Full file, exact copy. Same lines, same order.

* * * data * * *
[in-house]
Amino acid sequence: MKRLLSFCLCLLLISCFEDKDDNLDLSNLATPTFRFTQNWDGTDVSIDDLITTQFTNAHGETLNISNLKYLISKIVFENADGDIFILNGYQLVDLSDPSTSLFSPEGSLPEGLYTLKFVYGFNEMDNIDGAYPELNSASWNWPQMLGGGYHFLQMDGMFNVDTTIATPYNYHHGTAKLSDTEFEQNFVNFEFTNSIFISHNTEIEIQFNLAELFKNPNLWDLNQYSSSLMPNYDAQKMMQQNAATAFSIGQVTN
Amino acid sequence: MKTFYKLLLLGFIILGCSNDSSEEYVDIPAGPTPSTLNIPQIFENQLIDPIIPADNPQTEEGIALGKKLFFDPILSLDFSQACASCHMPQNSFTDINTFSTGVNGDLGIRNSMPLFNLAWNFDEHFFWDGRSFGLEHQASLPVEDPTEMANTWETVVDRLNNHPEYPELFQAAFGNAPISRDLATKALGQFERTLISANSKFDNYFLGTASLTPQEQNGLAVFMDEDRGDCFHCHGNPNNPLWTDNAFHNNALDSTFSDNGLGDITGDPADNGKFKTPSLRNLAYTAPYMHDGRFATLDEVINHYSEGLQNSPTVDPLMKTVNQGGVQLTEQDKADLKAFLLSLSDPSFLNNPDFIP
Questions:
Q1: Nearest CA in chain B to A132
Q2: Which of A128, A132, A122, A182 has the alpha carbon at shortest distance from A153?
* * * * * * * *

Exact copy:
[in-house]
Amino acid sequence: MKRLLSFCLCLLLISCFEDKDDNLDLSNLATPTFRFTQNWDGTDVSIDDLITTQFTNAHGETLNISNLKYLISKIVFENADGDIFILNGYQLVDLSDPSTSLFSPEGSLPEGLYTLKFVYGFNEMDNIDGAYPELNSASWNWPQMLGGGYHFLQMDGMFNVDTTIATPYNYHHGTAKLSDTEFEQNFVNFEFTNSIFISHNTEIEIQFNLAELFKNPNLWDLNQYSSSLMPNYDAQKMMQQNAATAFSIGQVTN
Amino acid sequence: MKTFYKLLLLGFIILGCSNDSSEEYVDIPAGPTPSTLNIPQIFENQLIDPIIPADNPQTEEGIALGKKLFFDPILSLDFSQACASCHMPQNSFTDINTFSTGVNGDLGIRNSMPLFNLAWNFDEHFFWDGRSFGLEHQASLPVEDPTEMANTWETVVDRLNNHPEYPELFQAAFGNAPISRDLATKALGQFERTLISANSKFDNYFLGTASLTPQEQNGLAVFMDEDRGDCFHCHGNPNNPLWTDNAFHNNALDSTFSDNGLGDITGDPADNGKFKTPSLRNLAYTAPYMHDGRFATLDEVINHYSEGLQNSPTVDPLMKTVNQGGVQLTEQDKADLKAFLLSLSDPSFLNNPDFIP
Questions:
Q1: Nearest CA in chain B to A132
Q2: Which of A128, A132, A122, A182 has the alpha carbon at shortest distance from A153?